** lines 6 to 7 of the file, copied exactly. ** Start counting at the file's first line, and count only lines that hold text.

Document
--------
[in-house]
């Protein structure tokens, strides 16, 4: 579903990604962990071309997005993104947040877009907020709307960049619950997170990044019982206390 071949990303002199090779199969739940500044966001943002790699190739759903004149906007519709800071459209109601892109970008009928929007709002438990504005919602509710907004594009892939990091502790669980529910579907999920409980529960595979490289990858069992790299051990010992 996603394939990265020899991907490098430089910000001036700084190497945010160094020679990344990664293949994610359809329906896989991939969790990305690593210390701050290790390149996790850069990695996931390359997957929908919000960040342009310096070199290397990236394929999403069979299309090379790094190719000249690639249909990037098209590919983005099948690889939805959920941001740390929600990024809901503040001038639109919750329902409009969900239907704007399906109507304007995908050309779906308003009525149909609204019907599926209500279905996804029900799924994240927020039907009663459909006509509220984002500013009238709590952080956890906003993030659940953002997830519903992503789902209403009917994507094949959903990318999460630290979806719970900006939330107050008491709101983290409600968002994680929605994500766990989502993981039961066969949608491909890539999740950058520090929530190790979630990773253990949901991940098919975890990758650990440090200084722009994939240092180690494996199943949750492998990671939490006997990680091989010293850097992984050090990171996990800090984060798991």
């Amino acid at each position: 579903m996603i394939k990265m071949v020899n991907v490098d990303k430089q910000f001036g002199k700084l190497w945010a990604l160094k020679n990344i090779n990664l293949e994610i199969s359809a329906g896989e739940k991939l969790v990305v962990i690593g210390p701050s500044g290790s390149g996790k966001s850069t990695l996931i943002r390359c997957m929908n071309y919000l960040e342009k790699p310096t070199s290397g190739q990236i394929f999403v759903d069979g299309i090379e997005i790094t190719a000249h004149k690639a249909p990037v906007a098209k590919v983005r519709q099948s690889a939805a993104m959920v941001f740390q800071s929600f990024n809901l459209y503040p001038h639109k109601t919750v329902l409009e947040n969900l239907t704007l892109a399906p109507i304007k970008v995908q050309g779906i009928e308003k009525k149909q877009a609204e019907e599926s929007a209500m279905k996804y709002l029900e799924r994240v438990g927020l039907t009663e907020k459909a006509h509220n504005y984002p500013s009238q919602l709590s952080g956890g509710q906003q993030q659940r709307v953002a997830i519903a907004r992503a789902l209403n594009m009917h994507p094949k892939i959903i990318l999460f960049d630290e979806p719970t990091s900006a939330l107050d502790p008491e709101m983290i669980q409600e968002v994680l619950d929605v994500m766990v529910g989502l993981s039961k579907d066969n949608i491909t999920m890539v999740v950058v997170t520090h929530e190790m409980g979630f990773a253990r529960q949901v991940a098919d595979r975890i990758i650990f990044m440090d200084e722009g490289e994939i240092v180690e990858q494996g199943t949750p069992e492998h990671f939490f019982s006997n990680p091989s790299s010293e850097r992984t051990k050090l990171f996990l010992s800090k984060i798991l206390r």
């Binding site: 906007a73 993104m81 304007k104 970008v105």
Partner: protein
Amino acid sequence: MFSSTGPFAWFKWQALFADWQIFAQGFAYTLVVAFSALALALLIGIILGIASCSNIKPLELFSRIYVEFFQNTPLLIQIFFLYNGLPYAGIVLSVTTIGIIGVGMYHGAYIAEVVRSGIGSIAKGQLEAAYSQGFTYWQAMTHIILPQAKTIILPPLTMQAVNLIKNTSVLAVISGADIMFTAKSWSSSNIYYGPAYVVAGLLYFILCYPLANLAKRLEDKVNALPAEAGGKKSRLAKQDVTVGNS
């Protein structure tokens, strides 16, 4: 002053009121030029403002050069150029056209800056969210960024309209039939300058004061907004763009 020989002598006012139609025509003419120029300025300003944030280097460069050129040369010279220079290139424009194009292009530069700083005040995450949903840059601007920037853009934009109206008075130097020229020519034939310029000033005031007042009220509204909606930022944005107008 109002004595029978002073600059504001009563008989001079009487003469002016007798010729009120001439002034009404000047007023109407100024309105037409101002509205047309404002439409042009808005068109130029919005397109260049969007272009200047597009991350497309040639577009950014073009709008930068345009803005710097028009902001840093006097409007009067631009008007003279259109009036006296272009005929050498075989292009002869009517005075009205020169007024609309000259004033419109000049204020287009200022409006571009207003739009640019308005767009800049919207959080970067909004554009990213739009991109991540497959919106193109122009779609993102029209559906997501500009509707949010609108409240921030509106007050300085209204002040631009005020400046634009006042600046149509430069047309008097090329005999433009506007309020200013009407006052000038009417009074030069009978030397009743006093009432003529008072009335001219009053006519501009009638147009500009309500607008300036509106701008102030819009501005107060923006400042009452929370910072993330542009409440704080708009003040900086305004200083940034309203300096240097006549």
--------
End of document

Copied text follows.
Amino acid sequence: MFSSTGPFAWFKWQALFADWQIFAQGFAYTLVVAFSALALALLIGIILGIASCSNIKPLELFSRIYVEFFQNTPLLIQIFFLYNGLPYAGIVLSVTTIGIIGVGMYHGAYIAEVVRSGIGSIAKGQLEAAYSQGFTYWQAMTHIILPQAKTIILPPLTMQAVNLIKNTSVLAVISGADIMFTAKSWSSSNIYYGPAYVVAGLLYFILCYPLANLAKRLEDKVNALPAEAGGKKSRLAKQDVTVGNS
């Protein structure tokens, strides 16, 4: 002053009121030029403002050069150029056209800056969210960024309209039939300058004061907004763009 020989002598006012139609025509003419120029300025300003944030280097460069050129040369010279220079290139424009194009292009530069700083005040995450949903840059601007920037853009934009109206008075130097020229020519034939310029000033005031007042009220509204909606930022944005107008 109002004595029978002073600059504001009563008989001079009487003469002016007798010729009120001439002034009404000047007023109407100024309105037409101002509205047309404002439409042009808005068109130029919005397109260049969007272009200047597009991350497309040639577009950014073009709008930068345009803005710097028009902001840093006097409007009067631009008007003279259109009036006296272009005929050498075989292009002869009517005075009205020169007024609309000259004033419109000049204020287009200022409006571009207003739009640019308005767009800049919207959080970067909004554009990213739009991109991540497959919106193109122009779609993102029209559906997501500009509707949010609108409240921030509106007050300085209204002040631009005020400046634009006042600046149509430069047309008097090329005999433009506007309020200013009407006052000038009417009074030069009978030397009743006093009432003529008072009335001219009053006519501009009638147009500009309500607008300036509106701008102030819009501005107060923006400042009452929370910072993330542009409440704080708009003040900086305004200083940034309203300096240097006549």